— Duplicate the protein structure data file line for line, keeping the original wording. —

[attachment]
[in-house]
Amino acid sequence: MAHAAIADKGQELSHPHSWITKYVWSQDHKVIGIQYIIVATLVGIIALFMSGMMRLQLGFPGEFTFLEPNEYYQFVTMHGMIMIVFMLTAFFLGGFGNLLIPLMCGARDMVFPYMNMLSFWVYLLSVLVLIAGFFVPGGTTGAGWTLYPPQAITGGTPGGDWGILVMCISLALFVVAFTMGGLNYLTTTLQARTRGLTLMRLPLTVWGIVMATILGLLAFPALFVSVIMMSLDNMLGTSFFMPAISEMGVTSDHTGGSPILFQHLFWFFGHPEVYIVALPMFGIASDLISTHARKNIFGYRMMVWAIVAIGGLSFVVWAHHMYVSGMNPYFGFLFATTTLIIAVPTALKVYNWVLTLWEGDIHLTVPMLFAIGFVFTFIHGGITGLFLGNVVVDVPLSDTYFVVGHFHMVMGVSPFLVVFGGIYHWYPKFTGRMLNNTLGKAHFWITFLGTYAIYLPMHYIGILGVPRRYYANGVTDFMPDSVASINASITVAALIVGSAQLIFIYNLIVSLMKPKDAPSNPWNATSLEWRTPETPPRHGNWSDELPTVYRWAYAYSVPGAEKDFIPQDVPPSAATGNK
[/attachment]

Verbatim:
[in-house]
Amino acid sequence: MAHAAIADKGQELSHPHSWITKYVWSQDHKVIGIQYIIVATLVGIIALFMSGMMRLQLGFPGEFTFLEPNEYYQFVTMHGMIMIVFMLTAFFLGGFGNLLIPLMCGARDMVFPYMNMLSFWVYLLSVLVLIAGFFVPGGTTGAGWTLYPPQAITGGTPGGDWGILVMCISLALFVVAFTMGGLNYLTTTLQARTRGLTLMRLPLTVWGIVMATILGLLAFPALFVSVIMMSLDNMLGTSFFMPAISEMGVTSDHTGGSPILFQHLFWFFGHPEVYIVALPMFGIASDLISTHARKNIFGYRMMVWAIVAIGGLSFVVWAHHMYVSGMNPYFGFLFATTTLIIAVPTALKVYNWVLTLWEGDIHLTVPMLFAIGFVFTFIHGGITGLFLGNVVVDVPLSDTYFVVGHFHMVMGVSPFLVVFGGIYHWYPKFTGRMLNNTLGKAHFWITFLGTYAIYLPMHYIGILGVPRRYYANGVTDFMPDSVASINASITVAALIVGSAQLIFIYNLIVSLMKPKDAPSNPWNATSLEWRTPETPPRHGNWSDELPTVYRWAYAYSVPGAEKDFIPQDVPPSAATGNK